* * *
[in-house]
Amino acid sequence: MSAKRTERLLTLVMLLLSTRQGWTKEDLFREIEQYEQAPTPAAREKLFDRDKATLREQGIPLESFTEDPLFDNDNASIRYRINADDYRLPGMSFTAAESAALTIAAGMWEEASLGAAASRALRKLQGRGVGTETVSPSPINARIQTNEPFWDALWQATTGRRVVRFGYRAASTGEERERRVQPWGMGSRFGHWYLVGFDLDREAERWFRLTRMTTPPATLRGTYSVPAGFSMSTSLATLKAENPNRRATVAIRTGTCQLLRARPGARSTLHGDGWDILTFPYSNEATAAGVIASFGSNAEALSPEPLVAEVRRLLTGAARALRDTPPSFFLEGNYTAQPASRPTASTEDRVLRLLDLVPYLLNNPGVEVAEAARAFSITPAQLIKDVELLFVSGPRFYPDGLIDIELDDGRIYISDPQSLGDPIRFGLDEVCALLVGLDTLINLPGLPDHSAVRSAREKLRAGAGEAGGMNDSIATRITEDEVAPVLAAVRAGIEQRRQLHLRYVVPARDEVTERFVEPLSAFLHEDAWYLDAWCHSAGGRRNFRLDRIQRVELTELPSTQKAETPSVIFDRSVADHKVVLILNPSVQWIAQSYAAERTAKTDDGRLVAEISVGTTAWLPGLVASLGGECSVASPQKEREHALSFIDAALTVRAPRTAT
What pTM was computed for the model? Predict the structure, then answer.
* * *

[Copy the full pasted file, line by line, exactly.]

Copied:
[in-house]
Amino acid sequence: MSAKRTERLLTLVMLLLSTRQGWTKEDLFREIEQYEQAPTPAAREKLFDRDKATLREQGIPLESFTEDPLFDNDNASIRYRINADDYRLPGMSFTAAESAALTIAAGMWEEASLGAAASRALRKLQGRGVGTETVSPSPINARIQTNEPFWDALWQATTGRRVVRFGYRAASTGEERERRVQPWGMGSRFGHWYLVGFDLDREAERWFRLTRMTTPPATLRGTYSVPAGFSMSTSLATLKAENPNRRATVAIRTGTCQLLRARPGARSTLHGDGWDILTFPYSNEATAAGVIASFGSNAEALSPEPLVAEVRRLLTGAARALRDTPPSFFLEGNYTAQPASRPTASTEDRVLRLLDLVPYLLNNPGVEVAEAARAFSITPAQLIKDVELLFVSGPRFYPDGLIDIELDDGRIYISDPQSLGDPIRFGLDEVCALLVGLDTLINLPGLPDHSAVRSAREKLRAGAGEAGGMNDSIATRITEDEVAPVLAAVRAGIEQRRQLHLRYVVPARDEVTERFVEPLSAFLHEDAWYLDAWCHSAGGRRNFRLDRIQRVELTELPSTQKAETPSVIFDRSVADHKVVLILNPSVQWIAQSYAAERTAKTDDGRLVAEISVGTTAWLPGLVASLGGECSVASPQKEREHALSFIDAALTVRAPRTAT
What pTM was computed for the model? Predict the structure, then answer.